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Ola Kino Maika’i project brings culture into recovery for Hawaiian women

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By Karen Gleason – 

The Salvation Army Family Treatment Services (FTS) in Honolulu recently received a $278,212 grant from the Office of Hawaiian Affairs for its Ola Kino Maika’i 2.0 project, which incorporates cultural practices into the continuum of care for Hawaiian women in recovery. The goal is that the women’s resolve to maintain sobriety will be strengthened by reconnecting with their native culture.

The original Ola Kino Maika’i project began in 2015 and ran for two consecutive two-year sessions. It aimed to help Hawaiians in treatment combat chronic illness and obesity. The new, expanded project begins in October to address substance abuse through Hawaiian culture until 2022.

“We provide evidence-based practices for the treatment of substance use disorders, which are gender responsive for all women including our specialized population of pregnant and parenting women with dependent children,” said Melanie Boehm, Executive Director of Addiction Treatment Services and Family Treatment Services. 

FTS is Hawaii’s sole provider of residential substance abuse treatment services for women with children. Kate Kahoano, Cultural Integration Coordinator, said she makes a great effort to include Hawaiian values and traditions through the project, which includes culture classes, hula and ho’oulu aina (to grow and cultivate land). 

 “Kate expertly guides our culturally responsive services in partnership with cultural practitioners who work closely with us for the best and most effective care for our women and their families,” Boehm said.

The project emerged from a study of the treatment challenges facing native Hawaiians, a population that ranks high in substance use statistics, according to Kahoano.

Previous studies revealed that native Hawaiians viewed outsiders’ efforts to instill behavioral change as “infringements of their traditions,” Kahoano said. These traditions value balance, including the individual’s integration with nature and the spiritual world, and her connection with family and community. 

“By making the identity of the person a priority, the agency and treatment assess the culture and values of that person,” Kahoano said.

With this in mind, the new project seeks to meet the needs of FTS’s native Hawaiian clientele with expanded program activities. The culture class—“What’s culture got to do with it?”—explores how culture helps individuals connect with the strengths of one’s people. Using native Hawaiian values, clients practice reconnecting with family and honoring their elders and ancestors, and they learn concepts including lokahi (harmony and balance), kuleana (responsibility and purpose) and malama ‘aina (to care for the land).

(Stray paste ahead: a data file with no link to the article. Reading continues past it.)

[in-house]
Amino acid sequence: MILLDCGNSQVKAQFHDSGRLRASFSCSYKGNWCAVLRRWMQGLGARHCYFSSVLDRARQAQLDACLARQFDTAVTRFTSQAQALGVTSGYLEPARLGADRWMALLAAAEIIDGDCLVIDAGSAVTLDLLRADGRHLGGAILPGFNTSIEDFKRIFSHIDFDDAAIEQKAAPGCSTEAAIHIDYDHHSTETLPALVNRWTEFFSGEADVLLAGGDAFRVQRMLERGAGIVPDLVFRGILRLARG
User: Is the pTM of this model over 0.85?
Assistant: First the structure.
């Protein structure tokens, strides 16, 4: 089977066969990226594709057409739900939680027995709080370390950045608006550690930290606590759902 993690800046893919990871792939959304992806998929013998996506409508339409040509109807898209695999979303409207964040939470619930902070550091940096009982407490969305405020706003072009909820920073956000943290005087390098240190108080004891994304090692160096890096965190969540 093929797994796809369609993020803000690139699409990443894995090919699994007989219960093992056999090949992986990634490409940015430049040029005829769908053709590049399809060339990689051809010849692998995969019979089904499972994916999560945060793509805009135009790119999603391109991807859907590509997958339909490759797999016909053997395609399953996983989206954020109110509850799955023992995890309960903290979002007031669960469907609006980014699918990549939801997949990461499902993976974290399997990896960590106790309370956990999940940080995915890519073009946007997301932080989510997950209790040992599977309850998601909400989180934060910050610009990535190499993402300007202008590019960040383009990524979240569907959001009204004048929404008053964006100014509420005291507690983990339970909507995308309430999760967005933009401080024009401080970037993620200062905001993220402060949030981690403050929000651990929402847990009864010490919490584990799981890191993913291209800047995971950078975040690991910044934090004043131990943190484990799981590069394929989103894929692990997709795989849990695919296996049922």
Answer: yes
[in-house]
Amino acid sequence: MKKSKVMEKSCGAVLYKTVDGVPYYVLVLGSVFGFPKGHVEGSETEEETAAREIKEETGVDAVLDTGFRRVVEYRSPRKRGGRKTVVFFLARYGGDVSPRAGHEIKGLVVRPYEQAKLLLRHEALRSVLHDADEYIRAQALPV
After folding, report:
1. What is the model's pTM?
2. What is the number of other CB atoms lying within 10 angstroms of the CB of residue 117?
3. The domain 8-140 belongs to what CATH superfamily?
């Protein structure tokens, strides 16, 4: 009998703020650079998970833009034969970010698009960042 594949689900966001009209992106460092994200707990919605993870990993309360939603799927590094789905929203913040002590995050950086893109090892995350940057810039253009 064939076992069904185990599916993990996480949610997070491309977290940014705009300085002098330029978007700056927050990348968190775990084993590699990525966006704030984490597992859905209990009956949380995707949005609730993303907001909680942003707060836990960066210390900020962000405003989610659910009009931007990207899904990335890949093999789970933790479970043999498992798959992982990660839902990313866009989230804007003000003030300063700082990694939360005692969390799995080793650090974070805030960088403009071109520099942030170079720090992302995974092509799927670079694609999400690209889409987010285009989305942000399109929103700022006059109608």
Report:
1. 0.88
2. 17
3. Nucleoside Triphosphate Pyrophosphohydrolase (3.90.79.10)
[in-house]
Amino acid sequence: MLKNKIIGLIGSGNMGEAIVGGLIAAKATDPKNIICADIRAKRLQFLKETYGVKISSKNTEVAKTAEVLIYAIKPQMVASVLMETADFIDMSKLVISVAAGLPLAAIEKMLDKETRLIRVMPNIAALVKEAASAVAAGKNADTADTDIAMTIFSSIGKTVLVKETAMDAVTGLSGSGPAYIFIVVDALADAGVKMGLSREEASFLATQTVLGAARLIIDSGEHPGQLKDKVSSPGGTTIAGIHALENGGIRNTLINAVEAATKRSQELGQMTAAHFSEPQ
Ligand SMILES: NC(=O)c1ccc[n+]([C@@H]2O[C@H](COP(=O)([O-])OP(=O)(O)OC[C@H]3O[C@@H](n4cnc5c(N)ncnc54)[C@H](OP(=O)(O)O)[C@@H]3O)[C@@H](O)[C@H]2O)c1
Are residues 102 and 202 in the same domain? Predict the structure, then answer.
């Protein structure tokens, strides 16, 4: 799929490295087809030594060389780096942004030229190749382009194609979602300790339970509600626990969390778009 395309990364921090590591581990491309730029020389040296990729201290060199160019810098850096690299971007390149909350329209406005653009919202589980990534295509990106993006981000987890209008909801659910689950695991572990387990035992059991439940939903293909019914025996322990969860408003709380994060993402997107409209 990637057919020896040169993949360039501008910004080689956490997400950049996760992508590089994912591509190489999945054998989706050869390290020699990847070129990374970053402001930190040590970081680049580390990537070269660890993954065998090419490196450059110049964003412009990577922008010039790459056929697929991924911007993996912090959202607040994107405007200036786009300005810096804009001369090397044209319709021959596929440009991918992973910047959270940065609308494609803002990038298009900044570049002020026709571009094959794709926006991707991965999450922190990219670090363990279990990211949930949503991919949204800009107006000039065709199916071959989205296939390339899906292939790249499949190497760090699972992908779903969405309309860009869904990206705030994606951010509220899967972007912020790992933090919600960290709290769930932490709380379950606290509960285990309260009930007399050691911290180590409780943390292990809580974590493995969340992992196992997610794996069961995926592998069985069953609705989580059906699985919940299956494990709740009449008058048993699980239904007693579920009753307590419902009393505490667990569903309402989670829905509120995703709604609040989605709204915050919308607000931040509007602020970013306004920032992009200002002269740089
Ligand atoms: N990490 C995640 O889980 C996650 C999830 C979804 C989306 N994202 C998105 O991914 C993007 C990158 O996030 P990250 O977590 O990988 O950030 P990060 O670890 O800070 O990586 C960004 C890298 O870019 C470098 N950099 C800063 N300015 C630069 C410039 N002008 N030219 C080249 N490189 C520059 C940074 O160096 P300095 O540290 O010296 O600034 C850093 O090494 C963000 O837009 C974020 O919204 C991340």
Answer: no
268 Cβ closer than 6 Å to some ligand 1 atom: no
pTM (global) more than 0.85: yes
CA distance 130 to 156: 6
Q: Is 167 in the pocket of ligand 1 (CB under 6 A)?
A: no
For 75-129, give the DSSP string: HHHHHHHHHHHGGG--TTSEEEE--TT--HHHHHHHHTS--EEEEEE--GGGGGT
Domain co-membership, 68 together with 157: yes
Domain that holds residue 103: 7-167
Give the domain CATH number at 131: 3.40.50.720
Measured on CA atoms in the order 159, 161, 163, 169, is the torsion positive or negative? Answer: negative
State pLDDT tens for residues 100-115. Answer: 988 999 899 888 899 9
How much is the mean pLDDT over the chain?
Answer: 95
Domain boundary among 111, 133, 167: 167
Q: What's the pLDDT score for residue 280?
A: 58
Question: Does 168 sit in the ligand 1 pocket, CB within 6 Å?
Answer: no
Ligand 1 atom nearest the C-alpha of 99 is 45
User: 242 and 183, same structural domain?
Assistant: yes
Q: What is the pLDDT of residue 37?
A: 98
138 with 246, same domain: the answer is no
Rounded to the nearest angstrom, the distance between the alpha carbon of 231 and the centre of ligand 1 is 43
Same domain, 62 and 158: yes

“In learning about the culture of Hawaii, it also helps one learn any culture and see all the different parts of our lives that are connected to our community, resources and help, such as understanding the culture of motherhood, the culture of recovery, and so on,” Kahoano said.

Hula instruction engages clients in body movement and healthy exercise. As a form of Hawaiian storytelling, it illustrates important Hawaiian proverbs and life lessons. Hula also involves hands-on learning and it can potentially reconnect a person with practices from their youth, calling up positive memories.

When women practice caring for the land by working in a garden, they are again engaging in healthy exercise, as well as nurturing something, which can lead to qualities including patience, diligence, hope and faith. Participants learn about Hawaiian plants and medicines and about the traditional Hawaiian deities associated with the plants. Finally, the women eat healthy, homegrown foods and create traditional dishes.

“I love everything Alika [farmer and cultural practitioner] has taught us,” said one client. “In the time we’ve been here the garden has grown so much. What used to be an empty field became such an amazing place for us to put our love and work into.”

These cultural practices can make a significant difference in substance abuse recovery. 

“There is an increase in self-worth, due to having opportunities to engage in practices where they can see the impact of their learning—memorizing an entire hula, eating a salad grown from their garden, remembering and retelling important Hawaiian stories to their children,” Kahoano said. 

Clients have an improved chance at lasting sobriety when they are considered within the context of their environment and culture, Kahoano said, because they feel that they “belong” and that what they are learning reflects their values and hopes.

“Family and client engagement, classes and concepts are rooted in the Hawaiian value of ‘ohana—family,” Kahoano said. “The philosophy behind the project is that once the gap between cultural values is bridged—through treatment—the clients will be more capable to refuse the temptation of substance abuse in the future because they will be more in tune with themselves and aspects of their own culture.”

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